Three Outdoor Screenings in Washington, D.C.

If anyone’s wondering what got me to commit to a return to the film blogging world, it was my recent trip. So much film; so much inspiration! I got to experience cinema in places I’ve (lol) only seen in the movies. One of these was outdoor screenings; DC is brilliant for this, and I almost trekked to Virginia for a fourth, but then it poured down rain for a full week. Here’s what I saw, where, & what I thought.

Dirty Dancing

It was the waterfront in the beautiful Georgetown. My first week in DC. I was so tired, but who can say no to an outdoor film screening? The grass was a bit scratchy and the crowd really got into it (you should’ve seen me and 20 Brits looking at each other and sighing, Americans. . .) but I’d actually never seen this one before and while I think my expectations were way too high, it went to places I didn’t expect (with the pregnancy storyline) and Swayze absolutely won me over. So all in all, nice. I mostly like being able to tell the context around nobody puts Baby in the corner, as I do quote it regularly.

A League of Their Own

I enjoyed playing baseball in school. But I understand why our gym teacher didn’t let us play it more than once a year. How does it take so long to play? We went to see this close to the Nationals stadium, a special screening put on for the upcoming All-Star Weekend (which we then went to watch), and I really sympathised with & rooted for the women so eager to play baseball. After seeing the game? Not so much. How do you not get bored?! The historical context and the plot itself was so so good, and I went away feeling empowered and so proud of these wartime ladies who kicked so much ass, but I can’t get past the fact this is something people pay to watch. Regularly. I know my hero m.brown from Two Dollar Cinema would disagree, but I am honestly baffled.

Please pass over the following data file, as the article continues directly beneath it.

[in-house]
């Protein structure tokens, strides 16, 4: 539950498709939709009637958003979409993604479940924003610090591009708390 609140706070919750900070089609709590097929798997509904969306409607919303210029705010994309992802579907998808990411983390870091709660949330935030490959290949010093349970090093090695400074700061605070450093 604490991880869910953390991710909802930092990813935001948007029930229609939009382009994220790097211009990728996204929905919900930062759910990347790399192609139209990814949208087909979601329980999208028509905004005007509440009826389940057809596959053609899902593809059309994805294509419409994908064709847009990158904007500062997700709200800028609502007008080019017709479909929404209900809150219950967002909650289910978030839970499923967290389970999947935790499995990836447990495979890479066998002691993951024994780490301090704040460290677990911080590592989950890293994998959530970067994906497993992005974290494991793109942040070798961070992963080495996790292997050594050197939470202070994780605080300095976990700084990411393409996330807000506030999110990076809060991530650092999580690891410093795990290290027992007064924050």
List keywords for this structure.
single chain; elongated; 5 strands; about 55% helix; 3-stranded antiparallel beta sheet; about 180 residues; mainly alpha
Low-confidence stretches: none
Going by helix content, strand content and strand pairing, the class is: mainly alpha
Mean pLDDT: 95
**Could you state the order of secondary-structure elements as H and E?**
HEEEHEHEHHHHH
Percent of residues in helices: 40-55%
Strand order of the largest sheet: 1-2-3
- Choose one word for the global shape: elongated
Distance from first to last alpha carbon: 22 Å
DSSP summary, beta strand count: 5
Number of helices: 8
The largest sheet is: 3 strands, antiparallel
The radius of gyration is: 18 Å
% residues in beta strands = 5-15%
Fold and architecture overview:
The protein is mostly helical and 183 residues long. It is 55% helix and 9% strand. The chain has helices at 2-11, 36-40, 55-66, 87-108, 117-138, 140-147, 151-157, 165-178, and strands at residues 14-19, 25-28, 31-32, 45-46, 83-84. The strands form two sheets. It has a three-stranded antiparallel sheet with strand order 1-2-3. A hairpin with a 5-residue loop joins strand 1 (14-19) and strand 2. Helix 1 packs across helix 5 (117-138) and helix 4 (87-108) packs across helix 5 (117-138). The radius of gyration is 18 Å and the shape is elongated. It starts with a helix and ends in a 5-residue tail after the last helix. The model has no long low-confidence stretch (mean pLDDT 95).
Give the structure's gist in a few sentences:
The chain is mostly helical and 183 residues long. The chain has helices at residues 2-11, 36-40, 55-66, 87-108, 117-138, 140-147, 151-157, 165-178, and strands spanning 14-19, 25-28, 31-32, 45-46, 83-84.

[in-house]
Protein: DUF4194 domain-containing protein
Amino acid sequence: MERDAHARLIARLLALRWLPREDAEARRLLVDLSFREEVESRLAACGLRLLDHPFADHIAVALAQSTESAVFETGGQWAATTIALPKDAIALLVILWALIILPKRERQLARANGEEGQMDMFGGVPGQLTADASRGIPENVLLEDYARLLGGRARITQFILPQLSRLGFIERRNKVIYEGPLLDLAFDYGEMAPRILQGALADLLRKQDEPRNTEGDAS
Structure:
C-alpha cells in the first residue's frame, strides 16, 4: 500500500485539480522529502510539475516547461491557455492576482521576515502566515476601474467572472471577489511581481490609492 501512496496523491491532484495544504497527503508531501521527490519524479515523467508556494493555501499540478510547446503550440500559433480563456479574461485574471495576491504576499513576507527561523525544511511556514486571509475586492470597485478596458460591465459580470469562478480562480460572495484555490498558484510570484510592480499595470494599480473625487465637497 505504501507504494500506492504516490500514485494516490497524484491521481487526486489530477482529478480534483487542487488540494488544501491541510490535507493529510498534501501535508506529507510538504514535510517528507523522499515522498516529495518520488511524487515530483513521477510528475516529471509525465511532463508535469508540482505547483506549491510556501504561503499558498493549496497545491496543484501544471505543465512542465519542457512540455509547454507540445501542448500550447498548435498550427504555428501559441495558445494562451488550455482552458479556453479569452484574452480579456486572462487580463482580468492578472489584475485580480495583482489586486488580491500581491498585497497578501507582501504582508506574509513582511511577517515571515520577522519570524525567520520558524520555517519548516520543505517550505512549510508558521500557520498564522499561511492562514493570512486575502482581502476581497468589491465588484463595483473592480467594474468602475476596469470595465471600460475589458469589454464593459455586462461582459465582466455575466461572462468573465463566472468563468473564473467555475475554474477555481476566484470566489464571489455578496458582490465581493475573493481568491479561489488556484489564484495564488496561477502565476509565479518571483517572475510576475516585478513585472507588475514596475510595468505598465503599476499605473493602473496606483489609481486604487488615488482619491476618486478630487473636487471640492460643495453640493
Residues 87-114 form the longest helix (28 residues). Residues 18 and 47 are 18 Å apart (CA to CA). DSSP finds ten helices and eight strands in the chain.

Jumanji 2: Welcome to the Jungle

My first two weeks were spent at a summer course at GWU with people from my university. On the last day, after heartfelt goodbyes, I checked into my hostel, a tall building with a slow elevator next to an active construction site crawling with rats, and wasn’t really sure what to do next. I sat down at a Starbucks, as us basic white girls like to do, and looked for stuff to do in the city. I could see Jurassic Park at a cemetery, or I could go to see Jumanji to a park that was a ten minute walk away. I trekked to Whole Foods, got some sushi and a San Pellegrino (what kind of a f–king supermarket doesn’t sell Coke?!?!! in AMERICA??!!) and had one of the nicest evenings ever. Jumanji was so filthy I can’t believe they let children watch it. But also so much fun. That’s really all I have to say about it (I have a tiny crush on the Rock. Ok there you go.) Would recommend.

(Also, if anyone is a DC native, they’re still doing screenings all over and you can find them here.)